TV Commercial

Vista Print Goes Fishing For Small Businesses

Do you ever stop and think about how an ad idea gets pitched to a client? Especially the totally off-the-wall creative that will have to be sold to all the key stakeholders.

Case in point the Vista Print ad below. I’m not knocking the ad, I get the concept when you see it in context to the description that is included on YouTube. The thing is, I guarantee you this was pitched to a number of executives at Vista Print and they had to buy into the concept and execution. And the creative team needed to be able to sell this in a short period of time with probably nothing more than a pitch deck filled with static images, rough concept copy, and a kernel of an idea. I’m wondering if during the pitch there was any discussion about production budgets because this was probably a fairly expensive shoot based on the number of people involved, props, and post-production work.

It looks like there is a series of hashtags associated with it, but when I did a Twitter search for #readyforanything and #supportsmallbusiness there were hundreds of results, so neither is unique to vista print. The hashtag links in the description don’t link to anything specific to Vista Print either. I keep thinking there is such a missed opportunity here. Vista Print could have extended this so far beyond the 30 and 45-second video spots created. There is no pull-through to any of their social media accounts that surface the concept in a unique shareable way, and I couldn’t find a micro-site or landing page that extended the campaign either. It’s a shame because the concept is so wacky it could have had some serious traction.

For small business owners, the world is one of constant change. Vistaprint is here to help you adapt to any situation. From the big, to the unpredictable, to the totally unbelievable. Vistaprint is your partner in an ever changing world.

On The Beach “Someday” with Iggy Pop

The first time I saw Iggy Pop preform was at the Lawrence Opera House in Lawrence Kansas sometime around 1980. What I remember from that show was Iggy’s intensity and his I don’t give a damn about anything attitude.

Fast forward 40 years and we now have the godfather of punk rock narrating a two-minute monologue on what 2020 brought to us and what we have to look forward to. Iggy’s distinctive gravelly voice overlays a scene of people running along the beach looking forward to brighter, better days ahead. The monologue relives all of the insanity that surrounded everything in 2020. Stockpiling toilet paper, washing your hand 100 times a day, working from home, remember to wear your mask, giving up eating out, and on and on. Iggy ends it on a lighter note though reminding us that the beach will be ready and waiting when we are all able to take that much needed vacation again.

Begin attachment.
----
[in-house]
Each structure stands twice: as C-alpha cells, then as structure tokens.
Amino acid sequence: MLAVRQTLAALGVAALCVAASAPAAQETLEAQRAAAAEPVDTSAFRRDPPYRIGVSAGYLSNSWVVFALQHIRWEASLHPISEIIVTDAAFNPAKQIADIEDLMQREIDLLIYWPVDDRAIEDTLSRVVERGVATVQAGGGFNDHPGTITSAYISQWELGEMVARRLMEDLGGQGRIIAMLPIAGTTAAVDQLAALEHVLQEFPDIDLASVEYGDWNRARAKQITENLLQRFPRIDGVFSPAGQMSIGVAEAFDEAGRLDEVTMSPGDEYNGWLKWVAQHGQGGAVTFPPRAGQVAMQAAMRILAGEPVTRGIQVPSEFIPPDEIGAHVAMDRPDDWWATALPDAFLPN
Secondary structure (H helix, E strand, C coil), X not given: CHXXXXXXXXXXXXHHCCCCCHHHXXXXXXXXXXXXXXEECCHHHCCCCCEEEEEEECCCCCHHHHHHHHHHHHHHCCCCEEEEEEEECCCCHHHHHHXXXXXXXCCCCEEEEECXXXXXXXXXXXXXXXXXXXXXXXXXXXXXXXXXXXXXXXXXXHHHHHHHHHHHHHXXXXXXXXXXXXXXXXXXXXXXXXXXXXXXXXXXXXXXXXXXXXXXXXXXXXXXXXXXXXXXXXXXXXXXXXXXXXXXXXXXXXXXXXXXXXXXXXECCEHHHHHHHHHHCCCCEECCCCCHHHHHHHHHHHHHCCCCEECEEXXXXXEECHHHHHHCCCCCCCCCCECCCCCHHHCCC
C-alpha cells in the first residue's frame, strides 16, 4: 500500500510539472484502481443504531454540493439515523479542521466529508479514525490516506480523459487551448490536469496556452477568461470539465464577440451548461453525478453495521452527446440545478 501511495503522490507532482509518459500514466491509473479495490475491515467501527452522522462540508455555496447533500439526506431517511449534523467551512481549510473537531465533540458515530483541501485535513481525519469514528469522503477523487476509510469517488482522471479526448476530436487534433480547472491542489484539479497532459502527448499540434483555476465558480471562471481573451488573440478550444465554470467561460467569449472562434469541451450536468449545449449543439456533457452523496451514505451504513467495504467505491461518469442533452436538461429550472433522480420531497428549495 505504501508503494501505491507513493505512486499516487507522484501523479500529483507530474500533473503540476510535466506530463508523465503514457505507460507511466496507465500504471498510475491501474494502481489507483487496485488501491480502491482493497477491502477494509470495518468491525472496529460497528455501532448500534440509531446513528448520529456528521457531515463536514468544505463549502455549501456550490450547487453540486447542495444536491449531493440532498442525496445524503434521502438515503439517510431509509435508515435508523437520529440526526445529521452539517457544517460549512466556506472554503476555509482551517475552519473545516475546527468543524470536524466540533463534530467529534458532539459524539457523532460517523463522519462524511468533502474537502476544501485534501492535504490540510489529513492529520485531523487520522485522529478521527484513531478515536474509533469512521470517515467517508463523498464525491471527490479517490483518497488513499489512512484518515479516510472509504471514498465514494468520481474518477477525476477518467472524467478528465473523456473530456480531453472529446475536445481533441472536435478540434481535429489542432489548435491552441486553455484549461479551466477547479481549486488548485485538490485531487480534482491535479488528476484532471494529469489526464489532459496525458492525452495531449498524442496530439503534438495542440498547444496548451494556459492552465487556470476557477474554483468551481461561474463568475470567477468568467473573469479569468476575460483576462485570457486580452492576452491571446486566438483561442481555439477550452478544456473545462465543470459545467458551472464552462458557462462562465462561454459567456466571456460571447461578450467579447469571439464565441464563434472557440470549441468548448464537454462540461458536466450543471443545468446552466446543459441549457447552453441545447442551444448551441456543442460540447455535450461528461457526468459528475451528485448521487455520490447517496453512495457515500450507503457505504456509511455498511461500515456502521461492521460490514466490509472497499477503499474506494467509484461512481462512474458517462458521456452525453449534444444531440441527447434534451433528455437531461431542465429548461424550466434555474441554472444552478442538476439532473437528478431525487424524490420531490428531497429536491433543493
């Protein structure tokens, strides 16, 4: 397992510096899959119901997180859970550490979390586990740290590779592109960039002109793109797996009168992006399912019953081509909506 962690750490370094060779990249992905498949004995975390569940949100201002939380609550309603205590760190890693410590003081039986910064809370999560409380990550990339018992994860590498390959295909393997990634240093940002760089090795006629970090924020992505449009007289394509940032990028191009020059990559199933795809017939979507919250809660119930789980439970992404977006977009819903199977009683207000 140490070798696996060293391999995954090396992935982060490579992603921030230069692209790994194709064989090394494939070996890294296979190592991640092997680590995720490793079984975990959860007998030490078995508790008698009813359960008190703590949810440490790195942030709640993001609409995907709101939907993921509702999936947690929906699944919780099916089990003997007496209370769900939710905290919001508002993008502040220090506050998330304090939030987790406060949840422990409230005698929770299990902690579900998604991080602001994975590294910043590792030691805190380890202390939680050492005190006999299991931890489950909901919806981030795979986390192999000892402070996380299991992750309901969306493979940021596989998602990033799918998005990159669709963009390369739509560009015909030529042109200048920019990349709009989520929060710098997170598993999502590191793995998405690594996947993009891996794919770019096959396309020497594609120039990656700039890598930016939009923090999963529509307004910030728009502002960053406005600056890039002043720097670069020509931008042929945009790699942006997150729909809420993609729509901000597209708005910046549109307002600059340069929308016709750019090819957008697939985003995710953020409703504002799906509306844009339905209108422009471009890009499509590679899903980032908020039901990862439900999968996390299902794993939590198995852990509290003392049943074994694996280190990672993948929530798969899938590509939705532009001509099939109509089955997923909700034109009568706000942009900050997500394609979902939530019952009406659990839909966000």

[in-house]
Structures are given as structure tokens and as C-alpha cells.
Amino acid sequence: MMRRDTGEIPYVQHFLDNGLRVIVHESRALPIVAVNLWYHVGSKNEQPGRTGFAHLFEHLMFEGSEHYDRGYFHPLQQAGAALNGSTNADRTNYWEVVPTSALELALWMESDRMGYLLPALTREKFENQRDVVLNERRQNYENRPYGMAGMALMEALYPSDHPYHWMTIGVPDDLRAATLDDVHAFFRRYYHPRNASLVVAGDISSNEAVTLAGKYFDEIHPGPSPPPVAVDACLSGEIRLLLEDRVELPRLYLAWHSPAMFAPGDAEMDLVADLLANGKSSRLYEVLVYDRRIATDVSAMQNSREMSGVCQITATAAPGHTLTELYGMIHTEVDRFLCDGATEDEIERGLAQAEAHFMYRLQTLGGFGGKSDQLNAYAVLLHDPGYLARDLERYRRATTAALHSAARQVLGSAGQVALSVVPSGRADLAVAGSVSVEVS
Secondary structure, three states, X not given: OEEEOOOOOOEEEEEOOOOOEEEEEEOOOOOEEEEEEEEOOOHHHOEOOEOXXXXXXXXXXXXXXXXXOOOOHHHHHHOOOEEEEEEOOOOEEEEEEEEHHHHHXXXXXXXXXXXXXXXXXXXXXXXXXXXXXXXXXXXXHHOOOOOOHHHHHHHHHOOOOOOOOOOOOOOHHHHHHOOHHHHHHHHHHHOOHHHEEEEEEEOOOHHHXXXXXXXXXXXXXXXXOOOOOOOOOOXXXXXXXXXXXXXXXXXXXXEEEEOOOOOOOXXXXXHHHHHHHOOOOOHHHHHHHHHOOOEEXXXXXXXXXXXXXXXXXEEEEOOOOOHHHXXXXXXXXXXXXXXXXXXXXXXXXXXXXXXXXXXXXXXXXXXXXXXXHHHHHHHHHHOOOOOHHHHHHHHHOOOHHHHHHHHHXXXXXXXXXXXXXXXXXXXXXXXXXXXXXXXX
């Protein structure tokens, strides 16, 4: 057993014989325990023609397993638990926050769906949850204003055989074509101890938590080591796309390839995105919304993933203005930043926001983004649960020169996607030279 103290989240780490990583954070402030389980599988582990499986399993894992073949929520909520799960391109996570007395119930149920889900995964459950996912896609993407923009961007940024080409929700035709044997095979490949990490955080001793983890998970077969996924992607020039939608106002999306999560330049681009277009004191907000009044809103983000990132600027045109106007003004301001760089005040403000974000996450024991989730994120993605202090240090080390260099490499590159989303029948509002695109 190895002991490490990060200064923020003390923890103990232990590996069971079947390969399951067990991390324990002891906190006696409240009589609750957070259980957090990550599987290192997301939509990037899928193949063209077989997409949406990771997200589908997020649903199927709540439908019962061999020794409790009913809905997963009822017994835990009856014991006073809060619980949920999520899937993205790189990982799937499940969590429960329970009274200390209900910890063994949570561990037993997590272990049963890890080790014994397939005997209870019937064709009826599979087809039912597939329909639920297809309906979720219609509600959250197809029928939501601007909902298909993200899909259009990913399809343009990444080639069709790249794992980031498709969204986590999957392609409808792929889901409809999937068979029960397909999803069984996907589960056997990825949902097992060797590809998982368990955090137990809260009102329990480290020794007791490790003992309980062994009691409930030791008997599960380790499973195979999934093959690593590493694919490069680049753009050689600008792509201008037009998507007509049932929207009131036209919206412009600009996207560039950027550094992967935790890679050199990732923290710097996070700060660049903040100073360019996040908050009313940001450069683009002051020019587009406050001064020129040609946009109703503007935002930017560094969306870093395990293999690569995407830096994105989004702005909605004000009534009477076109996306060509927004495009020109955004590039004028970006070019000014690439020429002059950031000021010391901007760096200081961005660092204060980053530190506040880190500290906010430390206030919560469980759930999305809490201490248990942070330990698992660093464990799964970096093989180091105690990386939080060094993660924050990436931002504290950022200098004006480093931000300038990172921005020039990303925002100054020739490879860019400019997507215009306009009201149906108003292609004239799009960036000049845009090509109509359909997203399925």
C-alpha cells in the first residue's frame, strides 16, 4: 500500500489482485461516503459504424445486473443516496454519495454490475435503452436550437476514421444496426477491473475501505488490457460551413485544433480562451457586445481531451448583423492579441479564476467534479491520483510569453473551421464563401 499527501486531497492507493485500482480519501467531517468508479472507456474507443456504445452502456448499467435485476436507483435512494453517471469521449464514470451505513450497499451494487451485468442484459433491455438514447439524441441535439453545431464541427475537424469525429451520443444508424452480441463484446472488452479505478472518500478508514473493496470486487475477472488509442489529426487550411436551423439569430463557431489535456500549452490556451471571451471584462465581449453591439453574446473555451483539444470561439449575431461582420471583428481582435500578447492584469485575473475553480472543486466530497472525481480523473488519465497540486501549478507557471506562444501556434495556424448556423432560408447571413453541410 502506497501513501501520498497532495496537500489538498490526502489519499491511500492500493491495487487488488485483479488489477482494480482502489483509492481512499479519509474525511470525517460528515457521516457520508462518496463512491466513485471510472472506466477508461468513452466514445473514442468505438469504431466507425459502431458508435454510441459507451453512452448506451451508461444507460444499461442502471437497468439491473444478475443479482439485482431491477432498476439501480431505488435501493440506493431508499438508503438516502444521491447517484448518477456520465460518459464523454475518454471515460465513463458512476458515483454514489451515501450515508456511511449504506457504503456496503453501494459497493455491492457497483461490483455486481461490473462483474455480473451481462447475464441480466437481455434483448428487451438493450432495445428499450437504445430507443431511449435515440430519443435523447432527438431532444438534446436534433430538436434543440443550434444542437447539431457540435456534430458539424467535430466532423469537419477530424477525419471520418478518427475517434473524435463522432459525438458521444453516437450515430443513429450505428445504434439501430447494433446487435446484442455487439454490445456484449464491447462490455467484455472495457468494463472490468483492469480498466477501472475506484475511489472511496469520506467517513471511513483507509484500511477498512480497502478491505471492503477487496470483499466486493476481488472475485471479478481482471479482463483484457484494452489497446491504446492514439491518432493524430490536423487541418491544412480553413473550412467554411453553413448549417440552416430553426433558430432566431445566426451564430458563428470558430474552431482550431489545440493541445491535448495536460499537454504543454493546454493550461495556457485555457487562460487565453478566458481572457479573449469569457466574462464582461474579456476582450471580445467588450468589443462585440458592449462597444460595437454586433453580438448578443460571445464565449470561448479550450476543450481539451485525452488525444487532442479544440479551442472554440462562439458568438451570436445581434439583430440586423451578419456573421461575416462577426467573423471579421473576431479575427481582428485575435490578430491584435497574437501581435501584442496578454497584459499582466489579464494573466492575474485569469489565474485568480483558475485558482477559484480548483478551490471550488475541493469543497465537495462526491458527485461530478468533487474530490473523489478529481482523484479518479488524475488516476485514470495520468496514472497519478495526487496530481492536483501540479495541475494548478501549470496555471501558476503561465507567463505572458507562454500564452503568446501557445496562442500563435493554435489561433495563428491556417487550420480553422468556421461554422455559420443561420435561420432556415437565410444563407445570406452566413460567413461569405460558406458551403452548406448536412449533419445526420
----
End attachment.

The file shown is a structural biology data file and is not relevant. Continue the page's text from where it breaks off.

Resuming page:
“We got angry, we got sad, we cried. But we picked ourselves up and we started again, knowing that the sun is always shining somewhere,” he says. “At some point someday you’ll be on your dream holiday, thinking ‘Is it too early for a drink?’” 

The spot is set to an orchestral interlude from the track Sunday, off of Iggy’s latest album Post-Pop Depression. Directed by Uncommon Creative’s executive creative director Sam Walker with Pulse Films it first aired on ITV’s Britan’s Got Talent and will run through February. In addition to the spot, there are the obligatory social media campaigns and a partnership with Amazon Prime.

“This will pass. Sometimes it takes the perspective of someone who has seen a lot in their life to make you realize that. Your shoulders drop, and hope returns,” Iggy says as the spot opens. A statement that Iggy can attest to because he’s seen more than his fair share thanks to 50 plus years of his rock and roll lifestyle.

“Never mind the worst week of someone’s life, what about a year in the life of the UK? We wanted to say it like it is, so we needed a voice that has seen it all. Two minutes in Iggy’s company can make anyone feel better, hopefully, everyone.” Uncommon co-founder Nils Leonard said. And he’s right.

“All Rise” Community America